Workshop member Jim Martin checks in with a report on a new structure for his layout...
March was a productive month in the Martin basement. I completed the necessary corner trackwork, finished installing my battery control for the turnouts, built a roll-away paint booth, got a wee bit of scenery done, and started filling an empty back corner on the layout with my mystery mill.
|Still in-progress, but a quick coat of craft store paint brings the basic shell to life,|
and gives Jim an idea of what the final structure will look like on the layout.
Some years back on The Model Railway Show podcast I co-hosted*, I had an enjoyable chat with Bob Walker. Bob’s Scratchbuilder’s Corner appears regularly in Railroad Model Craftsman.
We both agreed there’s a special satisfaction in being able to build a structure for free, or almost nothing, using accumulated materials from past projects.
So it is with Sumkynda Mill. Sumkynda Mill is currently morphing from the mock up stage into something presenting a more finished appearance.
This all began some months ago when a friend showed me the Danby Mill kit she had assembled for the HO layout she and her husband are building together. I was smitten by the look of the thing and decided I should have an S scale approximation for myself.
The Danby Mill by American Model Builders was reviewed by Trevor in the June 2003 issue of RMC. That kit was inspired by the Hinkle Mill article in the January 1982 issue of RMC. Written by Mike Small and illustrated by Julian Cavalier, it begs to be modelled. Armed with both issues, I’m attempting my own take on the rambling, rustic structure.
My total cost so far is just three dollars. That’s enough for two sheets of dollar store Foamcore for the basic structure shapes. Everything else is being sourced from various trays and boxes around the workshop.
Odd assortments of Grandt Line doors and windows are the principal second ingredients. Old, rambling mills are great for using up various sizes of windows. Also tossed into the mix are parts from damaged plastic kits, industrial fittings from Ratio, Rusty Stumps warehouse doors, a variety of stacks, scraps of wood, matboard, styrene, and so on. The bits I’m finding will inform the final design while still paying tribute to Hinkle. I think Bob Walker would approve.
Foam core is lightweight, fairly rigid and easy to work. I mortise the corners so no bare foam is exposed. Window and door openings are cut on the surface and the foam backing is gouged out. The bottom layer of paper remains. The cavity is painted flat black and once the glazed windows are installed the effect is sufficient.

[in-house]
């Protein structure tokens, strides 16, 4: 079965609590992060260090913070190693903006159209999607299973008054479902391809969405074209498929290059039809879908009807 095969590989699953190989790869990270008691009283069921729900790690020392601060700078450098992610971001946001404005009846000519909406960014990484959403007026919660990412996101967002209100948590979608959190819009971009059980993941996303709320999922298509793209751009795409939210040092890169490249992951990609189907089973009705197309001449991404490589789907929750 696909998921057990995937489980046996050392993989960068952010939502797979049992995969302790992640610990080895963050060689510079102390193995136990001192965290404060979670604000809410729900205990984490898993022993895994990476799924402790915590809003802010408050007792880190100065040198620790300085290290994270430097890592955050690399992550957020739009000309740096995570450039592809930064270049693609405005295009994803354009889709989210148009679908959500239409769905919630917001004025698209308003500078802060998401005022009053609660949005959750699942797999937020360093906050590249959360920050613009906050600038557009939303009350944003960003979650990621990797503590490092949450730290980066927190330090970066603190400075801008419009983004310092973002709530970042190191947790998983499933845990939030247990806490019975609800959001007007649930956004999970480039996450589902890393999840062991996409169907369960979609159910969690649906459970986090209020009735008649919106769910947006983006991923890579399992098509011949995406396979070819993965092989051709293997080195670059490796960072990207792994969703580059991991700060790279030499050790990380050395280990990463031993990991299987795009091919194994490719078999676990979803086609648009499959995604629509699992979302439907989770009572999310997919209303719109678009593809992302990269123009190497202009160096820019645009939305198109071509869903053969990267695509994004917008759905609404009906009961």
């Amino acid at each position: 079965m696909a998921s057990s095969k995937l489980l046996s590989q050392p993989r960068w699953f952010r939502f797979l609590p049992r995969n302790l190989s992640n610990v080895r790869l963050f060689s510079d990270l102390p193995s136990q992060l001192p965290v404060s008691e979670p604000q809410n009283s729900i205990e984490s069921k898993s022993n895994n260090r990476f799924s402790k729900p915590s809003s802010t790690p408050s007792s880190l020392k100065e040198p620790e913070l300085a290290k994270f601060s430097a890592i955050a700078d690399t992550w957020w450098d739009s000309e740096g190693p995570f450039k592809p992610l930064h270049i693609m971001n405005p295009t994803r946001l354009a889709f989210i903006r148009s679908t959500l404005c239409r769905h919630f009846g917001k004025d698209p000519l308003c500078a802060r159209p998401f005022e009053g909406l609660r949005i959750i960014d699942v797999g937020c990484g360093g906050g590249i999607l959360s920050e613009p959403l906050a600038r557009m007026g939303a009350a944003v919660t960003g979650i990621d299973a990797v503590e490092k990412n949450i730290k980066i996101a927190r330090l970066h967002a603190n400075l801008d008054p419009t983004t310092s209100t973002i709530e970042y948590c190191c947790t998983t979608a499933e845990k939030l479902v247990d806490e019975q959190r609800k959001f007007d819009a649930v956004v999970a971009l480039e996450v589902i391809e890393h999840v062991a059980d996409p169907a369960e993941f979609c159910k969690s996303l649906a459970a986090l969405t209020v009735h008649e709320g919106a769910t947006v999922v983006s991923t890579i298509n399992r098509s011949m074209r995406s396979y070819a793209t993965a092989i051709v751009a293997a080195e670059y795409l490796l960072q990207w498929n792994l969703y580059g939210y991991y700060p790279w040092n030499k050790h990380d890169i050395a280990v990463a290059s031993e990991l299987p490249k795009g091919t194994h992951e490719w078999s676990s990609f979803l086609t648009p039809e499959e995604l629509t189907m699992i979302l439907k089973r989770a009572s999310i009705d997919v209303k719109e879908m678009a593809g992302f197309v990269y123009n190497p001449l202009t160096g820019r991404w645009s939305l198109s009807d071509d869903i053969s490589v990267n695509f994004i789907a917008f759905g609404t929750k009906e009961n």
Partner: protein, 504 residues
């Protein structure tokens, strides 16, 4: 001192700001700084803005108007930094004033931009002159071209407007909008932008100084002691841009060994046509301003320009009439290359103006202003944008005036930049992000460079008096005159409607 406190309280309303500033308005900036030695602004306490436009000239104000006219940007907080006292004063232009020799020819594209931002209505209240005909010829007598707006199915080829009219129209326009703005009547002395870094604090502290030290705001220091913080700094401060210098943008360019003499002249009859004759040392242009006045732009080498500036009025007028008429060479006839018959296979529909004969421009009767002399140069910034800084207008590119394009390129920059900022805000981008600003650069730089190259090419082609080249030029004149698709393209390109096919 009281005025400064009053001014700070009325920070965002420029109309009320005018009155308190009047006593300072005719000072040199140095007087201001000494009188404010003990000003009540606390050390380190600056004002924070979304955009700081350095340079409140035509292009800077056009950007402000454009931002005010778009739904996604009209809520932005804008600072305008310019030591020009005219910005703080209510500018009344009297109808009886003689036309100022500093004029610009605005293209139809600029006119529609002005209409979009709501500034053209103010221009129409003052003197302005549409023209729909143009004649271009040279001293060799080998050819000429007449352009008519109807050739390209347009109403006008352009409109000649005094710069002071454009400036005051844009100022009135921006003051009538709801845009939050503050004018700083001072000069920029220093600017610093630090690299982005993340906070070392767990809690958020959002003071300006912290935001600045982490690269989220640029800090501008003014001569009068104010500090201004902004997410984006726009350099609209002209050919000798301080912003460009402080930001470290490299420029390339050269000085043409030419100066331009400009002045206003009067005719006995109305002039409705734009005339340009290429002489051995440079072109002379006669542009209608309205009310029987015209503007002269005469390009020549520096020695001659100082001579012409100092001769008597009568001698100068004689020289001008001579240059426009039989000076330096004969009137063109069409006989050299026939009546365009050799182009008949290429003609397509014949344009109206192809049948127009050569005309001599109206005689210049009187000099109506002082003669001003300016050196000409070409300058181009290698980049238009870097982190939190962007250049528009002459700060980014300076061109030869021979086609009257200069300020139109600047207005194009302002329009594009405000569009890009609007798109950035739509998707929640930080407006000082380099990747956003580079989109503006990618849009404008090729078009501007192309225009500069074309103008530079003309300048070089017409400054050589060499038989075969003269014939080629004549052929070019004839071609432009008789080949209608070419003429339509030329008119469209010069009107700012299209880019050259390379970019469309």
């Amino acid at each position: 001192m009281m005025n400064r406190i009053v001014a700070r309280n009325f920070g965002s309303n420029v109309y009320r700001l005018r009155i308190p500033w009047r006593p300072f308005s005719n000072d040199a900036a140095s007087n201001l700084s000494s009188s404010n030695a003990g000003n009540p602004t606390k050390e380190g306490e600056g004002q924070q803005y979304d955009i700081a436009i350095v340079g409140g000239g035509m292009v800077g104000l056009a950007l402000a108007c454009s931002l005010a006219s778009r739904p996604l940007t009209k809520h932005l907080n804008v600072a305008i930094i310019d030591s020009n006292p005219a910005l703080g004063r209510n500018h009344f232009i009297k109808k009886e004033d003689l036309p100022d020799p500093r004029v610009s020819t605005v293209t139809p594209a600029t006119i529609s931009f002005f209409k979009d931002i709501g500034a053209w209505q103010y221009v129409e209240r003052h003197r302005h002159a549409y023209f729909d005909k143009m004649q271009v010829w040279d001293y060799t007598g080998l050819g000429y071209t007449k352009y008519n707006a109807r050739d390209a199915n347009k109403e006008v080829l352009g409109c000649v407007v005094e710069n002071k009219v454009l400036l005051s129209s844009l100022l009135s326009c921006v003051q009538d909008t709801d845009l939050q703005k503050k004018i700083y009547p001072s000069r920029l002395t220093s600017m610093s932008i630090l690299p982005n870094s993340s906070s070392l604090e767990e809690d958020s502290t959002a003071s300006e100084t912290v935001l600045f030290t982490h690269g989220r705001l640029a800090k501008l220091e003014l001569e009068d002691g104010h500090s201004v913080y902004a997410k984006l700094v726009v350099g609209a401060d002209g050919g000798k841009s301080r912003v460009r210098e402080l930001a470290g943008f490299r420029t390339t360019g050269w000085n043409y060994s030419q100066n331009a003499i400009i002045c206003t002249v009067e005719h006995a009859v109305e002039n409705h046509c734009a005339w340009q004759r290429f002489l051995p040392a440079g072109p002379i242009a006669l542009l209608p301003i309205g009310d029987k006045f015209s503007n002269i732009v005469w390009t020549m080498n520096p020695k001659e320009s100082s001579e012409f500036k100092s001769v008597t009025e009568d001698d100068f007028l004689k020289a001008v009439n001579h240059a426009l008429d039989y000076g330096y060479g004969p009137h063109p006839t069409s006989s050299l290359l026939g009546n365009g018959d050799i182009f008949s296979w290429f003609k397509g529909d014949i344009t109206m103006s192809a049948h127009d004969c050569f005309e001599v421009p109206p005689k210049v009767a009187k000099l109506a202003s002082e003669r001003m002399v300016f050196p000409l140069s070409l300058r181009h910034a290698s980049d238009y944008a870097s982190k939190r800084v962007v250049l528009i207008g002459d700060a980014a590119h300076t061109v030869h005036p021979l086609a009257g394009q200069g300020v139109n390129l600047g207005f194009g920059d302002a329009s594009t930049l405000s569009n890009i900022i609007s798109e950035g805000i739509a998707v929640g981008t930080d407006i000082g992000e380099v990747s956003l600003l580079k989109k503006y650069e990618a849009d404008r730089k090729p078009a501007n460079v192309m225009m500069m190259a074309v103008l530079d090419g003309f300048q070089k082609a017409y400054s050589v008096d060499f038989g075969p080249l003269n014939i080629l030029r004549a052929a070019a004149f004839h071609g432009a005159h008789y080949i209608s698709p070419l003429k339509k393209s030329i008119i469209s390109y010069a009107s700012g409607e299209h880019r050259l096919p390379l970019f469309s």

|Foamcore board is inexpensive, lightweight, rigid and easy to work.|
I’ve used this stuff in the past for smaller mock ups but I’m not sure it’s the final answer for something this size. Before proceeding any further, I may construct new core shapes from heavy matboard. It wouldn’t be too difficult at this stage because I can easily copy the measurements from the foam core structure with my digital caliper.
This will not be an exact copy of either Danby or Hinkle but so far I’m pleased with my efforts to capture the proportions and essential character of both mills. I would have liked a little more room on the layout to model the full width and depth of the complex but the most interesting shapes have been captured. I am adding a kit-built general store constructed and given to me by Pete Moffett. It will become the mill office.
A quickly-applied coat of craft acrylics hides the white foam. These base colours will suffice until I get around to applying various textures of building papers. I will print those onto photographic paper from my Model Builders program.
Having gotten this far, I will likely let this sit for several months before starting up again. Spring has arrived and I’m getting anxious to leave the basement and play with my outdoor toys.
One last thing: Sumkynda Mill is a name that’s going to get old pretty fast. It’s simply a play on words while I figure what kind of mill it will be. Right now I’m leaning toward wood products.
(*Want to hear that episode? All of The Model Railway Show episodes are still available to enjoy. He's the link to Jim's interview with Bob Walker.)